When it comes to cancer, early detection normally provide better treatment outcome. If vulva cancer is found early, chances for better treatment outcome are very high. For most cancers, early detection has been greatly contributed by the presence of screening processes. Screening is the process of running some tests to someone with no symptoms of the disease with the intention of determining presence or absence of the disease. Early detection of vulva cancer has been greatly contributed by regular pelvic exams and reporting to the doctor upon experiencing any signs or symptoms of vulvar cancer. If any abnormality is noticed during these regular pelvic examinations, your doctor will recommend for more tests to figure out what is wrong. Normally this involves being referred to a specialist known as gynecologist.
Signs and symptoms of vulvar cancer
People with vulvar cancer tend to experience some of the following symptoms. Sometimes those signs and symptoms may be as result of other medical conditions that is not cancer. Therefore, it is advised to go to the hospital upon experiencing any of the symptoms. The signs and symptoms of vulvar cancer include the following;
• Persistent Itching in the vulva
• A lump, swelling or wart-like growth on the vulva
• Burning pain when passing urine
• Thickened, raised skin patches (may be red, white or dark brown)
• A mole on the vulva that changes shape or color
• Hard or swollen lymph nodes in the groin area.
• Bleeding or discharge that is not menstruation
Diagnosis of vulvar cancer
Medical diagnosis simply means identification of nature of an illness by elimination of the symptoms. Normally people don`t go to hospital knowing they have cancer but during diagnostic procedures is when doctors detect the disease. Following suspicion of the disease, doctors normally run combination of tests to determine whether there are cancerous cells in the body or not and if there are cancer cells, how far have they spread. Along with thorough medical history and physical examination, doctors normally use combination of the following tests to diagnose cancer. Laboratory tests. Laboratory tests are important in ruling out other conditions and confirming diagnosis. For cancer diagnosis laboratory tests normally include blood tests, urine tests, tumor markers and other body fluids tests.
• Blood tests. Blood tests help to reveal level of different substances in the blood which will help doctors to know if there is anything wrong in the body. From blood tests doctors can see complete blood count which indicates number, size and maturity of blood cells. Also from the blood tests doctors can analyze if kidney and liver are working properly.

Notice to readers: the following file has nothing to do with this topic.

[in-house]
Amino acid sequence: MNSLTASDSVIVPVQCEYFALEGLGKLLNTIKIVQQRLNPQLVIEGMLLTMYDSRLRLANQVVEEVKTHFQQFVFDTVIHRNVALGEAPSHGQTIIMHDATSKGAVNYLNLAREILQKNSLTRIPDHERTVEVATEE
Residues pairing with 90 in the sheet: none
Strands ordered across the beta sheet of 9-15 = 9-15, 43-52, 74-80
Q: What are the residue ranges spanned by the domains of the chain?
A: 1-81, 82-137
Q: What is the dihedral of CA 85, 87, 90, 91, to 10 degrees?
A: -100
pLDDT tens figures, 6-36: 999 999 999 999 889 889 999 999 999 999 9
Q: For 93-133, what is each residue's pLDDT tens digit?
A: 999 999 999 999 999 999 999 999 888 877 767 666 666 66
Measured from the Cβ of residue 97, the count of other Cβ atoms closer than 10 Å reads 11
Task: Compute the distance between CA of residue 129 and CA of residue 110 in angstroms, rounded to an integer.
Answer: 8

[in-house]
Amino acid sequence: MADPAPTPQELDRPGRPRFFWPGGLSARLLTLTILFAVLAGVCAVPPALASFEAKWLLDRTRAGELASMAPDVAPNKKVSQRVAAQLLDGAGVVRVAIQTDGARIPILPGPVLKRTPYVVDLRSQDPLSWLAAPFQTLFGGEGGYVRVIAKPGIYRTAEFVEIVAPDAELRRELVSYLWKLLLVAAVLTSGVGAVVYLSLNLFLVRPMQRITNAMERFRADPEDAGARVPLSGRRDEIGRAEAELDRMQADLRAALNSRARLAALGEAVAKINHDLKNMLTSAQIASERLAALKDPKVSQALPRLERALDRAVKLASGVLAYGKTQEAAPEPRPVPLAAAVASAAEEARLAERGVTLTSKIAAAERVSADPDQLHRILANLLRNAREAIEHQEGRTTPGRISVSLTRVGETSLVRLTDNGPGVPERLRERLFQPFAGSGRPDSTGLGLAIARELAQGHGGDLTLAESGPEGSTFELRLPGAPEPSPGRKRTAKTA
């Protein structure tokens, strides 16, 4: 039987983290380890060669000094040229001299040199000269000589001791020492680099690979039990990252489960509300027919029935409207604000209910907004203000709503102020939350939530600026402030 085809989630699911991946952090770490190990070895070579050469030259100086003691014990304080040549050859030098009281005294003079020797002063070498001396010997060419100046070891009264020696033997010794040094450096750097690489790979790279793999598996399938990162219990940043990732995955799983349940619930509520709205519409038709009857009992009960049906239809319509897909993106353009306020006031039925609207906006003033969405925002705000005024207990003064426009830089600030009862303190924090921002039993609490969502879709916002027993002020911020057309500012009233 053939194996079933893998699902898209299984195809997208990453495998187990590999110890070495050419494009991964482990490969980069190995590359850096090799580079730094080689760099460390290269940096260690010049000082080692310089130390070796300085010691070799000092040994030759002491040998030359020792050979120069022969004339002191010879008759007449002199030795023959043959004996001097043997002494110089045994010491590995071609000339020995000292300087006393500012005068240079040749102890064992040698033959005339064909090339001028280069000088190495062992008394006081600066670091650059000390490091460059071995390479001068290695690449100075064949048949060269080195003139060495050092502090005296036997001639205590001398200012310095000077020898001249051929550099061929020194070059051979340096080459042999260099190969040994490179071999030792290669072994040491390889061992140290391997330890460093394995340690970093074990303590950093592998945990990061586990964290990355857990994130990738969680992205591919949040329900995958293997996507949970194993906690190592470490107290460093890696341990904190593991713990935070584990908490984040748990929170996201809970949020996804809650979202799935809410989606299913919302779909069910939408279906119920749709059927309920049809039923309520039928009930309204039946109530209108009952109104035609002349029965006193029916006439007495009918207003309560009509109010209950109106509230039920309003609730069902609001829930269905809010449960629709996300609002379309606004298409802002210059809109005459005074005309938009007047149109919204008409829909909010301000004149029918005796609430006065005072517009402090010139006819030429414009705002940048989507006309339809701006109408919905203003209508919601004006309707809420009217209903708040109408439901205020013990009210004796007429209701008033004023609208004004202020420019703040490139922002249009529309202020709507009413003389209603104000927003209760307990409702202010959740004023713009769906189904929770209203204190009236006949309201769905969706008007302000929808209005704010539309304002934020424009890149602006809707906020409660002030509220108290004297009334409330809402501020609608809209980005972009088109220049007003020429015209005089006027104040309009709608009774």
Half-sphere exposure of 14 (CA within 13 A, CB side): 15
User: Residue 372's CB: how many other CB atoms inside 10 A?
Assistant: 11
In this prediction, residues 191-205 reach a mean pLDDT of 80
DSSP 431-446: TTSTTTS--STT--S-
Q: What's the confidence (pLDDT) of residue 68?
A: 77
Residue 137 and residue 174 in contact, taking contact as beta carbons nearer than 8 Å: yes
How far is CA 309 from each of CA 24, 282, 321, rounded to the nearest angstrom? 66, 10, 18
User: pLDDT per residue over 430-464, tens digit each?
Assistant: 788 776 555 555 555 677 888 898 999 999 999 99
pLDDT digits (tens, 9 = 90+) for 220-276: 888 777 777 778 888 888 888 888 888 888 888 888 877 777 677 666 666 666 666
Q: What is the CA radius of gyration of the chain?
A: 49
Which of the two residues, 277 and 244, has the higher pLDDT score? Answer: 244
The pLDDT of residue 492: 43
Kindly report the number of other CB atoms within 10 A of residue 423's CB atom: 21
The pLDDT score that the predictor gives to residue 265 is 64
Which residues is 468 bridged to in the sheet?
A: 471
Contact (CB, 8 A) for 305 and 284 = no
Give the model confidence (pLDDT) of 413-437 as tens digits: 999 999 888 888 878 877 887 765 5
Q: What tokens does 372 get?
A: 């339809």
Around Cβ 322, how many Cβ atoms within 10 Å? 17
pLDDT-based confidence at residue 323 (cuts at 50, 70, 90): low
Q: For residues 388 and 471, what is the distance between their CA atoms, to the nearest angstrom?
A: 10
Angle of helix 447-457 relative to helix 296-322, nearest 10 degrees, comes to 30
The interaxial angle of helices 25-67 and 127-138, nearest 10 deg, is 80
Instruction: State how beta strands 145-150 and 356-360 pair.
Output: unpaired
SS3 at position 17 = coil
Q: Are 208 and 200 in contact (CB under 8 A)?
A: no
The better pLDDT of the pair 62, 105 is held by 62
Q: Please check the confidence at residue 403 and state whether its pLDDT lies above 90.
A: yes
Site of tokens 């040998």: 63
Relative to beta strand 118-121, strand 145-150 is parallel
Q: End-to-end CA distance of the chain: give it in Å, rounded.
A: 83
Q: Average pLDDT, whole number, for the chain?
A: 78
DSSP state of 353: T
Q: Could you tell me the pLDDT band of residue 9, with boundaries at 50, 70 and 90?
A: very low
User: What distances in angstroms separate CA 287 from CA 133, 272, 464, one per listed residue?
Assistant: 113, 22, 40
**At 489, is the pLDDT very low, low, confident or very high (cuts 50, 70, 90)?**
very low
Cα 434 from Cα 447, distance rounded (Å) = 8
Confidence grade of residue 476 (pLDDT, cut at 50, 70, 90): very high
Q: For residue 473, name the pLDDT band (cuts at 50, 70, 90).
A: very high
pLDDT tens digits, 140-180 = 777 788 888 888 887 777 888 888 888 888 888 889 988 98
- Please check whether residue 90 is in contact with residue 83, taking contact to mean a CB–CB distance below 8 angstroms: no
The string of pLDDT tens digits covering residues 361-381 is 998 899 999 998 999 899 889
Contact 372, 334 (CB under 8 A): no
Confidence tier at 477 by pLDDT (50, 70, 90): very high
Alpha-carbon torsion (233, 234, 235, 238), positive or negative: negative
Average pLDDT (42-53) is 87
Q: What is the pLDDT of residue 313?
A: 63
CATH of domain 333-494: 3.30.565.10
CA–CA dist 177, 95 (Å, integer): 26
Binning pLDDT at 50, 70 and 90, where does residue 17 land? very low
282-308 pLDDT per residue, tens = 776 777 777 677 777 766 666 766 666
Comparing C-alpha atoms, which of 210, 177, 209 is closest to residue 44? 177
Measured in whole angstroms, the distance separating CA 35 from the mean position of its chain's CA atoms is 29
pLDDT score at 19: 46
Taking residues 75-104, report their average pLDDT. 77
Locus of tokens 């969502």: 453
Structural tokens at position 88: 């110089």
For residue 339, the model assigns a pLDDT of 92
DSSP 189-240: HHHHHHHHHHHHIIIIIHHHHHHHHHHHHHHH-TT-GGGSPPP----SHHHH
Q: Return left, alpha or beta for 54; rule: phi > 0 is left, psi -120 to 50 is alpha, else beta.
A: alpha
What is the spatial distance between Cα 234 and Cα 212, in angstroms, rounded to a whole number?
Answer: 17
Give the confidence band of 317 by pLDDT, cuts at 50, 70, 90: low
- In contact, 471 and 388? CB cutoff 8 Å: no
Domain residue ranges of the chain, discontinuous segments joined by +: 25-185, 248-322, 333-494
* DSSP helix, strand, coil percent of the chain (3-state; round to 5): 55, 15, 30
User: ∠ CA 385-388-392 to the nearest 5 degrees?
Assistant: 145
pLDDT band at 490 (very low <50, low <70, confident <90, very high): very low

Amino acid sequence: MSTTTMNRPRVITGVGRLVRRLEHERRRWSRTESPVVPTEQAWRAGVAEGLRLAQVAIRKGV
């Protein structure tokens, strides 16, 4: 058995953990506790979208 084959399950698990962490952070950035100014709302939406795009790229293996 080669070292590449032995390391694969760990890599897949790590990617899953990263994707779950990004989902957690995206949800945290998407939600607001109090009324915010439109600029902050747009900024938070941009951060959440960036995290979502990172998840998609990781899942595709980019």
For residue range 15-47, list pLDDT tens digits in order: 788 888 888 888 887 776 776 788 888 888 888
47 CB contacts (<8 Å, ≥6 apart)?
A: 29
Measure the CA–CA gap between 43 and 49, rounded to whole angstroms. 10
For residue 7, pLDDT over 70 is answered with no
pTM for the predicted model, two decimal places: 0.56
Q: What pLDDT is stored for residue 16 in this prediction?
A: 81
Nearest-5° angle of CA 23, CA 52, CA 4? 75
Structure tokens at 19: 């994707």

• Urine tests. Urine tests (urinalysis) involve laboratory examination of urine to check presence of blood, proteins, and other substances such as drugs. For instance, blood in the urine may be an indication of benign condition, infection or other health problem.
• Tumor markers. These are biomarkers (proteins) that can be produced by both cancer cells and normal body cells in response to cancer. Tumor markers are released into the blood or urine. Although studies are still conducted to determine role of these markers in diagnosing cancer because sometimes people with benign condition will have elevated level of these proteins. Also not all tumors have their markers and some markers are not specific to one type of tumor.
• Other body fluids. Despite being rarely used, sometimes body fluids can be tested in the lab during diagnosis of cancer. For instance, the use of cerebral spinal fluid (CSF) and pleural fluid. CSF is used in diagnosis of brain tumors while pleural fluid for lung cancer. Diagnostic imaging. Diagnostic imagings involve tests that create pictures of inside the body that help the doctor to see if there is tumor or not. There are several imaging tests used in cancer diagnosis depending on the type and location of cancer suspected. These imaging tests include;
• Computed tomography (CT) scan. CT scan machine is a donut-shaped scanner that uses x-rays to create series of pictures of body organs from different angles. This machine is linked to a computer where those series of pictures taken will be combined to create a 3D- image of inside the body. During the scanning process patient will lie still on the table which will slide into the scanner. In order to get a clear image, sometimes the doctor will inject the patient with a contrast material before scanning. From the images the doctor will be able to differentiate between healthy and unhealthy tissues.
• Magnetic resonance imaging (MRI). MRI is an imaging technique that uses powerful magnet and radio waves to take series of pictures of body organs and create a 3D image in a computer linked to a machine. Just like in CT, during MRI procedure the patient will lie on a table that will slide into a long round chamber. Also during this procedure, the doctor may inject the patient with a contrast material for clear image view.